Domestic Violence Cases – Gender Bias – Men As Perpetrators – Women As Victims – The Truth – Colorado and The Nation – A National Disgrace
Introduction – Colorado criminal defense lawyers know that their obligation is not just to their client but to preventing injustice everywhere. Politically domestic violence cases have been pushed by officials who play to the worst fears of the public and the feminist ideology.
This article addresses some of the political issues underlying Colorado Domestic Violence Cases
The Issues Behind The Prosecution of Domestic Violence
Each year about 16% of American couples experience some form of intimate partner aggression. Over 200 studies show that domestic violence is an equal opportunity issue. Studies typically reveal that half of all abuse is mutual and is initiated equally by males and females.
This holds true for couples who are married, co-habiting, or dating; for all racial and ethnic categories; and across all economic strata.
About one-third of those cases involve severe incidents such as being kicked, hit with a fist, threatened or attacked with a gun or knife, or beat up. The remaining two-thirds of cases represent minor incidents such as a shove or a slap or no contact at all.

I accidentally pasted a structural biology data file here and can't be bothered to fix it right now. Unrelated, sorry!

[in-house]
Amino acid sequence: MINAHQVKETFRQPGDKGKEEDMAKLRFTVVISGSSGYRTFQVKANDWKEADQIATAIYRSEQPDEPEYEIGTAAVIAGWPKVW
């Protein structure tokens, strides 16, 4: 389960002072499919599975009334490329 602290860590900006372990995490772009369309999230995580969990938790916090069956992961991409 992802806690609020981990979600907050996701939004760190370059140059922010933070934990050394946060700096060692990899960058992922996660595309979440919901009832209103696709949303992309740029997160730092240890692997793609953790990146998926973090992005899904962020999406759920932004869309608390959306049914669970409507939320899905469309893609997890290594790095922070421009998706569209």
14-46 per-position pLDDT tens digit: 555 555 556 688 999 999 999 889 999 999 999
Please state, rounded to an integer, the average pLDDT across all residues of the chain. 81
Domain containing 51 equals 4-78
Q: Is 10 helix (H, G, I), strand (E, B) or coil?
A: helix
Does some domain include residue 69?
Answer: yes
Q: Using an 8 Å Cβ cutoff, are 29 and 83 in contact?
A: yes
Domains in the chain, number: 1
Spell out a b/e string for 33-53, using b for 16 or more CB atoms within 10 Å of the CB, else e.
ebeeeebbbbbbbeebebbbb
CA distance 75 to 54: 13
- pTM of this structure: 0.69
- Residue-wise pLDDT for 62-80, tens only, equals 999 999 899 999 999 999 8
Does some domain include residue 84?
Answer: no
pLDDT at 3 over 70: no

The Role of the Courts
And each year about one million persons are arrested under criminal law for intimate partner violence, of whom 77% are male. It falls to the courts to assure that justice is served. But this goal is not even close to being achieved.
Our Courts have embraced conceptions of sexual assault and domestic violence that are vague, overly-broad, and completely one-sided.
For example, the web page of the Judiciary of Rhode Island explains, “Domestic violence is not just a shame … It’s a crime.” The page then lists several criteria for DV, including: “Are you concerned about your relationship?” and “Does your partner tell you what to do?” These criteria blur the distinction between normal partner discord and true physical violence.
The prosecution of domestic violence cases has become tainted by the presumption of guilt.
There is a clear bias in the domestic violence criminal justice system in Colorado and in every state.
Steps in the Judicial Process That Prove Bias For Domestic Violence Cases
As the following discussion reveals, bias plagues every step of the judicial process.
Initial Prosecutorial Actions
At the arraignment, defense attorneys know that compared to other crimes where the police are given discretion in handling an investigation – domestic violence defendants are always arrested on mandatory arrest laws – AND are held on “no bond” Court orders set until they see a judge and then they are more likely to be continuously jailed.